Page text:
Now this position seems to be turning into a formal doctrine through the efforts of the organisers of the Tripura Conclave. The Conclave, held in Agartala on 9th July by Tripura Infoway, aims to regularise the culture of a policy dialogue by taking up a critical issue every year that is crucial for Tripura. This year, leveraging trans-national processes like BCIM and BIMSTEC and India’s Look East policy to Tripura’s advantage, was the theme of the Conclave. It brought together Bangladesh’s former foreign minister Dipu Moni, Sinologist Jabin Jacob and former Indian envoy to Myanmar Alok Sen, who spoke on countries they belong to or specialise in. The idea was to figure out a strategy on leveraging the opportunities provided by BCIM-BIMSTEC and India’s Look East. The deliberations has led to what may be called the ‘Agartala Doctrine’ — a policy guideline for states who try to influence national foreign policy and tury to work it to its own advantage.
The Agartala Doctrine will be an effective counter-point to the Mamata-Jayalalitha or the Assam line of confrontation vis-a-vis neighbours and Delhi. It will seek to focus on long-term perspectives rather than short -term considerations, often prompted by electoral necessities. It will also insist that Delhi should respect the interests of smaller states and not club Tripura’s interests with Assam or Bengal’s outlook on Bangladesh because they were widely different. Lastly, the Agartala doctrine will seek to deny states the right to deprive the whole nation the positive benefits of a friendly Bangladesh (or any other neighbour) just because a state or a ruling party or a leader like Mamata has a problem. The Agartala Doctrine will also stress the retention of the basic parameters of India’s Eastern policy that was redefined by Indira Gandhi’s bold intervention in the 1971 liberation war and ensure it is not undermined by short-sightedness that can only promptly hostile forces to spin mileage out of actions like the anti-Teesta tirade. It may stem essentially from the Left parties’ long policy of support to secular and progressive forces in Bangladesh. But it also draws on the emotions linked to 1971 and realisation of interests that one comes across the board in Tripura that the tiny state does not stand a chance under the Sun without a friendly Bangladesh around it. Smart geo-politics in no luxury for a small, remote state with limited resources like Tripura, it is a necessity. As they say in Agartala, if Bangladesh sneezes, we catch cold.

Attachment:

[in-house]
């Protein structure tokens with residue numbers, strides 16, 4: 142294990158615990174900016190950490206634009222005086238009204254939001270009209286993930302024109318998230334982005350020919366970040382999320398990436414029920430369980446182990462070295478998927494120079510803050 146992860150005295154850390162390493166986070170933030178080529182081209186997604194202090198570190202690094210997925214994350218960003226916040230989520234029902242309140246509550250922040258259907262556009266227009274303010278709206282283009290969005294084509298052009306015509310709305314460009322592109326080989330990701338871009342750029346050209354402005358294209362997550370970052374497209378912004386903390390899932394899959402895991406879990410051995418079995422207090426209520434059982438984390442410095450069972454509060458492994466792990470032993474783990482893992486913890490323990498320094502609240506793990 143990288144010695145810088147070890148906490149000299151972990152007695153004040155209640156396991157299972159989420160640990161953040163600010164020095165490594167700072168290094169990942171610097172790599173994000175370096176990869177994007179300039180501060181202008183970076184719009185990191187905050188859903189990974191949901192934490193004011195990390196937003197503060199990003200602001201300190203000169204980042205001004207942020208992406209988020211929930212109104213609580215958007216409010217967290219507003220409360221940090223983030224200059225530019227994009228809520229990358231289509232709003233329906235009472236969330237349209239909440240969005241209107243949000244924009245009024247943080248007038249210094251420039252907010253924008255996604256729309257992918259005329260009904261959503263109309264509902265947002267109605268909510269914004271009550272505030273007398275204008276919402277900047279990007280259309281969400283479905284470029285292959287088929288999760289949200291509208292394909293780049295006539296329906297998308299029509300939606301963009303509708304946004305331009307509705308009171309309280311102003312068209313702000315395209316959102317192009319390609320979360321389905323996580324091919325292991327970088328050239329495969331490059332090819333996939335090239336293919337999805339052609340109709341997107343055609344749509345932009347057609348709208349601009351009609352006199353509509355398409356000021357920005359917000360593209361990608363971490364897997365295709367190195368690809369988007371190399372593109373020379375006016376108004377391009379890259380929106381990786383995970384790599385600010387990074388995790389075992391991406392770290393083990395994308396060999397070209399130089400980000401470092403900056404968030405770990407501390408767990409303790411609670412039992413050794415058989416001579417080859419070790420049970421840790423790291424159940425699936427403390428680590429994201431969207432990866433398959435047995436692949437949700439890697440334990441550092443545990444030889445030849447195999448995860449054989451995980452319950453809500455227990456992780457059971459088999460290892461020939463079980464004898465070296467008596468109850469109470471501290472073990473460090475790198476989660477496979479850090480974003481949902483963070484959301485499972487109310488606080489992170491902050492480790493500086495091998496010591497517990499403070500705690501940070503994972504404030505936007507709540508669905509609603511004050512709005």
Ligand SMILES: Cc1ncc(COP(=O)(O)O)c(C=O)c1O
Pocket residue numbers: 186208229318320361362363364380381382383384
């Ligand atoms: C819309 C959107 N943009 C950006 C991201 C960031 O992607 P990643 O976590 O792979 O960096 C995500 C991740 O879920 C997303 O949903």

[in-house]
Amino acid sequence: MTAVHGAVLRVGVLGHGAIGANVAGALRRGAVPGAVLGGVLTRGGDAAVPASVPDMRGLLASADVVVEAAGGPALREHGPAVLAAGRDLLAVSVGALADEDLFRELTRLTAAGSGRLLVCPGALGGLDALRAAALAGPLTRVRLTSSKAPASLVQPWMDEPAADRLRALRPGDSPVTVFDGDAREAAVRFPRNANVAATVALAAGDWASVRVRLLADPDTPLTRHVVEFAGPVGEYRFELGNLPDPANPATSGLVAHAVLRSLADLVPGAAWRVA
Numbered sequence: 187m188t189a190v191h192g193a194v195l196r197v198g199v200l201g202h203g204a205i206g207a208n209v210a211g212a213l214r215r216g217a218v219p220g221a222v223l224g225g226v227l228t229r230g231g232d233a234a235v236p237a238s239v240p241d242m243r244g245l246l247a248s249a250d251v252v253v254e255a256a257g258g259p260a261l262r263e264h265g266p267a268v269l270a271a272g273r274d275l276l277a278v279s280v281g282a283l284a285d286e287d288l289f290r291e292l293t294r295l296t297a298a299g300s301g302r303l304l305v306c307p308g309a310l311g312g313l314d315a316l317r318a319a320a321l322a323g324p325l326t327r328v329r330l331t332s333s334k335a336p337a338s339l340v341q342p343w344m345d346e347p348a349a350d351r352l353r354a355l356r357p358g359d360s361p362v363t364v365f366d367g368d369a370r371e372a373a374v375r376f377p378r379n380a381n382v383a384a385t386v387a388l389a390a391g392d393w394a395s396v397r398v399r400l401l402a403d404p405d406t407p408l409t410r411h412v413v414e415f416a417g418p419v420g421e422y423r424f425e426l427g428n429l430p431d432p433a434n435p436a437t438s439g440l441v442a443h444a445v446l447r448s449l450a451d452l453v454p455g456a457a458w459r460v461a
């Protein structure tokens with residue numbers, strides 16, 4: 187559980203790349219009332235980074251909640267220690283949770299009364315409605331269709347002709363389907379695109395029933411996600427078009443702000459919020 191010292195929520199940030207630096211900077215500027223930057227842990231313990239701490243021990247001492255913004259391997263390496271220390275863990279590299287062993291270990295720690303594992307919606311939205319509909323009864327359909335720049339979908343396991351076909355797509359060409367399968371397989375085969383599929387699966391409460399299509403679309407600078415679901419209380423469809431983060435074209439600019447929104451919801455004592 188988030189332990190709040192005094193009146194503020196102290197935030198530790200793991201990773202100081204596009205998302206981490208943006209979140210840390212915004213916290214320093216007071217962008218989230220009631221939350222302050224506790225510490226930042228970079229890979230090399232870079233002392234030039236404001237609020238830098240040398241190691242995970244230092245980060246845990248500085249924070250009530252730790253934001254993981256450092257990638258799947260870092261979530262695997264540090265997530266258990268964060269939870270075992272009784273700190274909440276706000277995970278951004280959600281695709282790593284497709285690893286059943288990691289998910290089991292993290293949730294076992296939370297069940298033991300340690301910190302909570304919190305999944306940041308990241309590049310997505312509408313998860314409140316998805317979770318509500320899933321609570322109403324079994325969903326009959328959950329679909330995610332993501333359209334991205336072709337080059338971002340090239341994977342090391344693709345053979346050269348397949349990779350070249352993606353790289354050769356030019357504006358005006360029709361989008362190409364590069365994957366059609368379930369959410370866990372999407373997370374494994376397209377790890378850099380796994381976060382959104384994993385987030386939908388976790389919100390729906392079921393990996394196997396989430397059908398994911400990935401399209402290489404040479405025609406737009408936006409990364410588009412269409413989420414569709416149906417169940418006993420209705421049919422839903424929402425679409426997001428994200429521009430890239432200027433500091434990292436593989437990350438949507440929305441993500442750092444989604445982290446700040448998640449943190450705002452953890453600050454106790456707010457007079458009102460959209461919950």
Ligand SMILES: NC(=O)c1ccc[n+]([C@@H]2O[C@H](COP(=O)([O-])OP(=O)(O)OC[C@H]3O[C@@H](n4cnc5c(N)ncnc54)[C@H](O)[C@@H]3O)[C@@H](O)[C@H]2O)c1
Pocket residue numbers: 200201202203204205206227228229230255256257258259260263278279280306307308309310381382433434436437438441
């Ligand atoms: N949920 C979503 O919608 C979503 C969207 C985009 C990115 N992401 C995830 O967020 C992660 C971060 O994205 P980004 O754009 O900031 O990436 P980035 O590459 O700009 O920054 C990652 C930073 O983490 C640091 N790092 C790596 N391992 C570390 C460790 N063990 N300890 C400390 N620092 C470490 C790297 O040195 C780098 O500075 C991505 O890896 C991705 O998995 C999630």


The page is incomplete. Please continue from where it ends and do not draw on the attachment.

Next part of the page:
Source: Bd news24